Takeshi Murata, the artist whose computer-animations, photographs, and sculptures are as humorous as they are uncanny, is the subject of a new survey catalog, edited by writer and curator Dan Nadel and published by Salon 94 on January 26. In honor of the release, Nitehawk Cinema in Brooklyn, as part of their ART SEEN series, invited Murata to screen a film of his choice. His selection was “Return of the Living Dead,” the comedy-horror cult oddity, which will screen at the theater on February 23 along with a few new shorts. Ahead of the screening, Murata answered a few questions over email about his use of technology, the balance between the gallery and the cinema, and his interest in b-movies.
Technology is still commonly thought to erase the individual, but your work feels, at least to me, very hand made despite the mediation of a computer program. Do you think of your work as personal?
Yes, it’s important. Computer mediation should facilitate personal expression, not hinder it. It’s a matter of understanding the parameters, both as the artist and viewer. If the work is new, without a technological context, it can feel foreign and cold. As a broader context for the work emerges, the artist’s hand in the work becomes more evident.
You have often referenced a certain period of b-movie movies from the 1980s in your work. What draws you to these films?
There was a system in place at that time, b-movie theater, drive-ins, midnight movies, later straight-to-tape, that supported cheap, schlock movies. The production speed made them loose and immediate, and the focus on the bottom line created constraints teed up for subversion. At best, they are wild, crass, hilarious- a direct and honest reflection of the human condition.
Despite its ambiguous narrative, your film “OM Rider” plays with the conventions of popular film. Is your moving-image work moving away from the gallery and more toward traditional cinema?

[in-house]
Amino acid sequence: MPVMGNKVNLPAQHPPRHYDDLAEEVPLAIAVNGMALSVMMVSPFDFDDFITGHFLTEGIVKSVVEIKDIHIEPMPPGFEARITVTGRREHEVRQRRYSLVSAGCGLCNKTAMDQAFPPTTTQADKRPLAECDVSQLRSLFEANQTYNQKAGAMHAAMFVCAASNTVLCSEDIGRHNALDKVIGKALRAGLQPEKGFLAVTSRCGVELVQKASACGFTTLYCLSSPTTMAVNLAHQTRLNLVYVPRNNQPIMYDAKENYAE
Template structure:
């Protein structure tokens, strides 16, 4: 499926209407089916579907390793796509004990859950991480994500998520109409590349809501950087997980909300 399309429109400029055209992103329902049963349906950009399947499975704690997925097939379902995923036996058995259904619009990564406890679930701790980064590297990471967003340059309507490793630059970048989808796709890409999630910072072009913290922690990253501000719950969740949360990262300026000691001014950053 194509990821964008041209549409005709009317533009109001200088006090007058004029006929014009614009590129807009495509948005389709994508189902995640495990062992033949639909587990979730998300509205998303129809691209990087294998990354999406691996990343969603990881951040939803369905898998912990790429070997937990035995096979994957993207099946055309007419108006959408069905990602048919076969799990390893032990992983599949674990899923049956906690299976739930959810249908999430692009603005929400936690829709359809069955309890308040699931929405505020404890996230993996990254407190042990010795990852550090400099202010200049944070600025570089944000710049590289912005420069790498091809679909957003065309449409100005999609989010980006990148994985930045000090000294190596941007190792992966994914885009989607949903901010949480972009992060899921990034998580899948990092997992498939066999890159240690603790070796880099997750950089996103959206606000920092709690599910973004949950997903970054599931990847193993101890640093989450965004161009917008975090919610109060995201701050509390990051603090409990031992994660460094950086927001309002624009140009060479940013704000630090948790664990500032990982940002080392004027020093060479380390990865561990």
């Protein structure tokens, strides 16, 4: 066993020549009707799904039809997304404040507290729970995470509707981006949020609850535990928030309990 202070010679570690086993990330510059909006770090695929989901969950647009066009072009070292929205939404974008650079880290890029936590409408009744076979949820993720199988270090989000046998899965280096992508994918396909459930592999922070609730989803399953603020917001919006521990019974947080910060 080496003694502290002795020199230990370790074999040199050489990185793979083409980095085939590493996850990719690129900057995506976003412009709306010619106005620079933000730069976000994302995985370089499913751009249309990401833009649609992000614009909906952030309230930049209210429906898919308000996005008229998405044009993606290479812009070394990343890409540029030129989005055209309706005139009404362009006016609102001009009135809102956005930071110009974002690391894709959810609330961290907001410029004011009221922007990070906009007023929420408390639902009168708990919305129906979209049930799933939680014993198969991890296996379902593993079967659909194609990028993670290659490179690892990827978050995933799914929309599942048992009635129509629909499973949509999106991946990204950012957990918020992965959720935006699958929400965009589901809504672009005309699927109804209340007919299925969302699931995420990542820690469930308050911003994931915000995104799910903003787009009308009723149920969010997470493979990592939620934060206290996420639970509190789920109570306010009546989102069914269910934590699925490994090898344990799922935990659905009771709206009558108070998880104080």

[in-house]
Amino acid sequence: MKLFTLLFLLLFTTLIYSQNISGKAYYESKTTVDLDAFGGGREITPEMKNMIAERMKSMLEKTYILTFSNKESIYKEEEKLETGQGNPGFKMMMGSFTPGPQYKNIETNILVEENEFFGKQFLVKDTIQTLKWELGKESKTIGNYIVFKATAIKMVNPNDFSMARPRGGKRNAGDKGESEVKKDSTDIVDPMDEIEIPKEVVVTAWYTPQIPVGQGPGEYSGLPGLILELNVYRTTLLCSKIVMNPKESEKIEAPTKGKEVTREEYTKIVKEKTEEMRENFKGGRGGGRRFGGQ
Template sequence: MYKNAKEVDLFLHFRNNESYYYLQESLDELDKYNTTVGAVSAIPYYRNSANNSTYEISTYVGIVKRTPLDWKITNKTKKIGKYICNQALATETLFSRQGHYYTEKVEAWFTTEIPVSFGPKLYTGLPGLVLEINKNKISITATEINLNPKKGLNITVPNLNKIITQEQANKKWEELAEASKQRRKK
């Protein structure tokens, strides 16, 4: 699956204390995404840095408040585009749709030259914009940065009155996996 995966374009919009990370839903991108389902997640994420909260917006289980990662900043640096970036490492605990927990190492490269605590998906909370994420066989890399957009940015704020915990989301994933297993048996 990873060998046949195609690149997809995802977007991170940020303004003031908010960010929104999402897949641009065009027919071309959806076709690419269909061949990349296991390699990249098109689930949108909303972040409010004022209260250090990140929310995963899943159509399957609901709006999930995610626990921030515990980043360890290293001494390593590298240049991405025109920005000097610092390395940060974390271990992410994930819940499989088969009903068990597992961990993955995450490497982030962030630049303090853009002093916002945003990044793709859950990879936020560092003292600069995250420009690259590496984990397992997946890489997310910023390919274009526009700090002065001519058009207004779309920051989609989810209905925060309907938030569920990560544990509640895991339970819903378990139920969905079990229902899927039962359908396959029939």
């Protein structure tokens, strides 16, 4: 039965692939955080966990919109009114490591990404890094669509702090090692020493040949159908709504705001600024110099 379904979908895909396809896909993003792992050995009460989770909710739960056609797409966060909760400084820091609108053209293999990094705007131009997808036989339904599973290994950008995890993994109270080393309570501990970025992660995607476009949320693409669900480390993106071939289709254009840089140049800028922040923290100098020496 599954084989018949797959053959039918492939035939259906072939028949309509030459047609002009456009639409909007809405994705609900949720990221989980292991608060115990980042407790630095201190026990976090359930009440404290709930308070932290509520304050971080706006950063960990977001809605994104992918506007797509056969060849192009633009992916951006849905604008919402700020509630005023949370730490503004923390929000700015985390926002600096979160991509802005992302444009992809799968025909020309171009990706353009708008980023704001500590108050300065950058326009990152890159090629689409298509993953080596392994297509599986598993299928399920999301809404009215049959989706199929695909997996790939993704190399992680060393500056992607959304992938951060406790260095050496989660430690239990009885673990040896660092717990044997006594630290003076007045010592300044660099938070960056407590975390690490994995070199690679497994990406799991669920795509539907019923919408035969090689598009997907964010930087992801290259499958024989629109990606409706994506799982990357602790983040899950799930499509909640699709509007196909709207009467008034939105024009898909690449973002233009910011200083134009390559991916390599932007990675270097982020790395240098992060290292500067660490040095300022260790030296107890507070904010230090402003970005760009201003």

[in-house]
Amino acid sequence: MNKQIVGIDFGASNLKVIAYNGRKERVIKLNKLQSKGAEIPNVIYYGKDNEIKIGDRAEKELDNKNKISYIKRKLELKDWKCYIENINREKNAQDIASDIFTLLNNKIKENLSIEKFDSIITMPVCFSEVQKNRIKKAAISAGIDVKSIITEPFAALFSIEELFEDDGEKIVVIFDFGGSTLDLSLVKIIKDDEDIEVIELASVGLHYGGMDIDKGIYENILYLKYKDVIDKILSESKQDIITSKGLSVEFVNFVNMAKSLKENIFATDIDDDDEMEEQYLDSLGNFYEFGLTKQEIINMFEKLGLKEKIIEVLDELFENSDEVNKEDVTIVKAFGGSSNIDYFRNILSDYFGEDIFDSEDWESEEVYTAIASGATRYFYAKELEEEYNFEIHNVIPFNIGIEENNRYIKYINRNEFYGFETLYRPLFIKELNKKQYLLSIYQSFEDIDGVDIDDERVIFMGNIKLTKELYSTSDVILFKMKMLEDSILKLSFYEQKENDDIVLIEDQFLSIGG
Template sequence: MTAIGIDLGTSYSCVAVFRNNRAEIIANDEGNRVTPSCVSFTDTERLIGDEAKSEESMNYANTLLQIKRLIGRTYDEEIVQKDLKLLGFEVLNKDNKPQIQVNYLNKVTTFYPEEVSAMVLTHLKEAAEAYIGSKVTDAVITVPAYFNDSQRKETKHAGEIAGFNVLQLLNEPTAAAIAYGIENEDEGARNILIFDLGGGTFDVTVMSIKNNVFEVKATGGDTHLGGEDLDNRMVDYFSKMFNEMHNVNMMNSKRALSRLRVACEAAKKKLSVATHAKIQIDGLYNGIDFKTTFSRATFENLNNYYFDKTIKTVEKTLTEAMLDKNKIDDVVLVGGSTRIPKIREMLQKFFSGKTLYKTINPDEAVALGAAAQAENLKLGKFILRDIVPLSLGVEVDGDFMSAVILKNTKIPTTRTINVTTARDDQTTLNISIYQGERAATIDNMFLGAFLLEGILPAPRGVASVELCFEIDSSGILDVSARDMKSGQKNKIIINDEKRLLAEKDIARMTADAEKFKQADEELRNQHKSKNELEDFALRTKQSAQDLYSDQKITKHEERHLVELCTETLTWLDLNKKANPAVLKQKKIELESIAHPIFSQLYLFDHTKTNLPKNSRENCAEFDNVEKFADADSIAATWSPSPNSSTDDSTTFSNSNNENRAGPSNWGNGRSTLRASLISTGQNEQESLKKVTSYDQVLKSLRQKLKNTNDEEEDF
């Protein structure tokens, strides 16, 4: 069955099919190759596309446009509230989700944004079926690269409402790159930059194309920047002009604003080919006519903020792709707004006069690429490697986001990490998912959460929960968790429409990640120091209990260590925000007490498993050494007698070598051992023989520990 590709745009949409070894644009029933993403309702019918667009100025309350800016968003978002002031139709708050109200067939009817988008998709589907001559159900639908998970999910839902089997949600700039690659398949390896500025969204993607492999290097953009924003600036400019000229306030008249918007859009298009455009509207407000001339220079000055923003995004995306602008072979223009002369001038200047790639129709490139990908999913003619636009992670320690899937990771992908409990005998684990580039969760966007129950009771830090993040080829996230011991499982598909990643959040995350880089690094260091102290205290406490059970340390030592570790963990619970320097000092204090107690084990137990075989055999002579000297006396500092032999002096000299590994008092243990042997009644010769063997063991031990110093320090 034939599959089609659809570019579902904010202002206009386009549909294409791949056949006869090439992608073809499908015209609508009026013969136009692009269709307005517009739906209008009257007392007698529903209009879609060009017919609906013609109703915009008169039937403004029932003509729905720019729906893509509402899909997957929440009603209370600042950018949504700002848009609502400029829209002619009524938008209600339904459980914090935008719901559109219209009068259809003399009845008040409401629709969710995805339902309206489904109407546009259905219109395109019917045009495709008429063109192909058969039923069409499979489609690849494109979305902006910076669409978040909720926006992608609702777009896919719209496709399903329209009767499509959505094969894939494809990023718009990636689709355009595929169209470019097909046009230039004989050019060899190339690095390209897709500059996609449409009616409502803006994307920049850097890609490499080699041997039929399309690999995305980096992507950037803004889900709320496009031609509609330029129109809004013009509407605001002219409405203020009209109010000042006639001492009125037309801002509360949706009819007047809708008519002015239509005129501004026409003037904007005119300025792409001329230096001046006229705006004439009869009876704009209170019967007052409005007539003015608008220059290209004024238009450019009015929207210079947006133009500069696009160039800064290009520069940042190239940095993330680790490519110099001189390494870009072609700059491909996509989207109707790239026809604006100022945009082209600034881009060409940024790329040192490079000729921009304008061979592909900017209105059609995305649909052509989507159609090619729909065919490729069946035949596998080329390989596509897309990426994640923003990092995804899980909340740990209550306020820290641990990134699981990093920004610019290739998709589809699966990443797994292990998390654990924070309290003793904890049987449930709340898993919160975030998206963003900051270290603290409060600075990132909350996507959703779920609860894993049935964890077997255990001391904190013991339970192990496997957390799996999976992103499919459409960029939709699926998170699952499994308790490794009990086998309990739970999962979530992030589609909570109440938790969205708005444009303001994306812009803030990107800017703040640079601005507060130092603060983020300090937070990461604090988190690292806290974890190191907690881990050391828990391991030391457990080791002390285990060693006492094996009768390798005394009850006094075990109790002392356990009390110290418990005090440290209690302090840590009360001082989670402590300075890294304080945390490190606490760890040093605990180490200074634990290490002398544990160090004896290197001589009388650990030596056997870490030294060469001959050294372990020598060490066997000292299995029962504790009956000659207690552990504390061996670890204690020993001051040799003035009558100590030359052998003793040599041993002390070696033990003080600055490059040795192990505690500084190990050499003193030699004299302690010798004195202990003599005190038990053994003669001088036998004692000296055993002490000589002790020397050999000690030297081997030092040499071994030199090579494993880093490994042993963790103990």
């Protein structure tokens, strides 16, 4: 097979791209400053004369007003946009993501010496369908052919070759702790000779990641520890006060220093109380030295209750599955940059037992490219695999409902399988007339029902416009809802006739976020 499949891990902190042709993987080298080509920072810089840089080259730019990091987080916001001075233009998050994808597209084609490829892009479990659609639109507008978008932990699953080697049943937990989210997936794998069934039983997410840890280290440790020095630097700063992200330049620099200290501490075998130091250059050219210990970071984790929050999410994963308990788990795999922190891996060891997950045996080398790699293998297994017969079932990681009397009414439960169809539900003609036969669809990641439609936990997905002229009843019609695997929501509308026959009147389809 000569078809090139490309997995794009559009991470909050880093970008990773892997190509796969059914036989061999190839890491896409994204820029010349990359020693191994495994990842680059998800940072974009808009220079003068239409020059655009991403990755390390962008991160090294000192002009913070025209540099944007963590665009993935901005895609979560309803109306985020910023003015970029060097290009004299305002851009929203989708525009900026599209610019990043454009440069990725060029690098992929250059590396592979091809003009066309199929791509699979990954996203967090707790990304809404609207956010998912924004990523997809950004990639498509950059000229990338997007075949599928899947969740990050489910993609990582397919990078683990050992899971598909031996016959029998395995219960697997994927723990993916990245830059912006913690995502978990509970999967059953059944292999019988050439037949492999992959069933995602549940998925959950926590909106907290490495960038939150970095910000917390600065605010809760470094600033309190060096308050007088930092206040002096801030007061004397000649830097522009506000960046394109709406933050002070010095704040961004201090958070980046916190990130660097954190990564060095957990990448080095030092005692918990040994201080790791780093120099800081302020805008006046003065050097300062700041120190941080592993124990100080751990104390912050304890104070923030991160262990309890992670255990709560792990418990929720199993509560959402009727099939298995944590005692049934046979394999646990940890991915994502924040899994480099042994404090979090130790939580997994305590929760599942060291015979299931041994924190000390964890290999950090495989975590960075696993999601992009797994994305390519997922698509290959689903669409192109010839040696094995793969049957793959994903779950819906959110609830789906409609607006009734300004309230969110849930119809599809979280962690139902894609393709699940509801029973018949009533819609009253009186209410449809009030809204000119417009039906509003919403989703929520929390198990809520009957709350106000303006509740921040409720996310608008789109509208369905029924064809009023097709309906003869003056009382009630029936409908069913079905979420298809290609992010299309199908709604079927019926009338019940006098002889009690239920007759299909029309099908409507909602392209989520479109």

I’ve really enjoyed making work between both. I don’t see much of a distinction in conceptual context, and the physical context I often set up to be similar. Producing my videos however, I lean more towards the gallery. I begin work visually, without much sense of narrative or even a linear temporal structure. I follow the direction of the visuals almost the entire time, allowing the story arc to peel off this. It’s intuitive and more freeing for me than writing and following a script.
Do you see yourself pursuing narrative even further in the future?
Can you talk about your choice of “Return of the Living Dead” to screen at Nitehawk Cinema in Brooklyn on February 23 as part of their ART SEEN series?
When Caryn Coleman offered to host a book release party at the Nitehawk (A survey catalog of my work that was just released this week), she invited me to select a film to screen. “Return of the Living Dead” was my first choice. It is one of my favorite horror/comedies. Like most horror movies of that era, it’s low-brow without pretension. The plot is straightforward, though layered with satire. The practical effects are amazing, and the horror reflects real anxieties. It’s capped with ridiculously over-the-top scenarios and acting. It’s also a great party movie! It was written and directed by Dan O’Bannon, famous for writing “Alien” and “Total Recall,” and making the student film “Dark Star” with John Carpenter.
What about some of the new horror shorts you’ll be showing at Nitehawk?
These are very short shorts, some with characters from past videos, and some introducing a new character. They were commissioned by Daata Editions, a new platform created to support editions of short video sound and web based artwork.
—Craig Hubert (@craighubert)
(Image: courtesy of the artist)